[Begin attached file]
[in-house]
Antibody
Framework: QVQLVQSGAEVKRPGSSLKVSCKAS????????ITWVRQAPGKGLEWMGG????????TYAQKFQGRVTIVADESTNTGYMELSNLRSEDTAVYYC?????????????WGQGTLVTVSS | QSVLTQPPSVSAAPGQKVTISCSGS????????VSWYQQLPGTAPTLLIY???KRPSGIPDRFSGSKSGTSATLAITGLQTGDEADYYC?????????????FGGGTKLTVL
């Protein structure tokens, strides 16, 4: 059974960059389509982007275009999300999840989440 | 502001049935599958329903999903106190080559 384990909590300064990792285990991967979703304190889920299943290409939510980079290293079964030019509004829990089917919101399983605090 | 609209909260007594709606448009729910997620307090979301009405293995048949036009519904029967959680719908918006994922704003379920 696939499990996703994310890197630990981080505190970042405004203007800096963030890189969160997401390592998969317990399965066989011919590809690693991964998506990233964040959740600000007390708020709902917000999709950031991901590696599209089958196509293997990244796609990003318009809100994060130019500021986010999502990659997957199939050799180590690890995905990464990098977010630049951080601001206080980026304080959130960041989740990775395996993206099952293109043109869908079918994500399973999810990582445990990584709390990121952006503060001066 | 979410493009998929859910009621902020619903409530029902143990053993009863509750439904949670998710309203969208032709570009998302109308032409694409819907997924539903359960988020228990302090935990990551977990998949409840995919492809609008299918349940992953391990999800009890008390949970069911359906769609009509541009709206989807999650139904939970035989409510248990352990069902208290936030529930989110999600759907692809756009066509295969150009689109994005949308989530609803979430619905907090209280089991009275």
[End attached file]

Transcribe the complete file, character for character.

[in-house]
Antibody
Framework: QVQLVQSGAEVKRPGSSLKVSCKAS????????ITWVRQAPGKGLEWMGG????????TYAQKFQGRVTIVADESTNTGYMELSNLRSEDTAVYYC?????????????WGQGTLVTVSS | QSVLTQPPSVSAAPGQKVTISCSGS????????VSWYQQLPGTAPTLLIY???KRPSGIPDRFSGSKSGTSATLAITGLQTGDEADYYC?????????????FGGGTKLTVL
């Protein structure tokens, strides 16, 4: 059974960059389509982007275009999300999840989440 | 502001049935599958329903999903106190080559 384990909590300064990792285990991967979703304190889920299943290409939510980079290293079964030019509004829990089917919101399983605090 | 609209909260007594709606448009729910997620307090979301009405293995048949036009519904029967959680719908918006994922704003379920 696939499990996703994310890197630990981080505190970042405004203007800096963030890189969160997401390592998969317990399965066989011919590809690693991964998506990233964040959740600000007390708020709902917000999709950031991901590696599209089958196509293997990244796609990003318009809100994060130019500021986010999502990659997957199939050799180590690890995905990464990098977010630049951080601001206080980026304080959130960041989740990775395996993206099952293109043109869908079918994500399973999810990582445990990584709390990121952006503060001066 | 979410493009998929859910009621902020619903409530029902143990053993009863509750439904949670998710309203969208032709570009998302109308032409694409819907997924539903359960988020228990302090935990990551977990998949409840995919492809609008299918349940992953391990999800009890008390949970069911359906769609009509541009709206989807999650139904939970035989409510248990352990069902208290936030529930989110999600759907692809756009066509295969150009689109994005949308989530609803979430619905907090209280089991009275």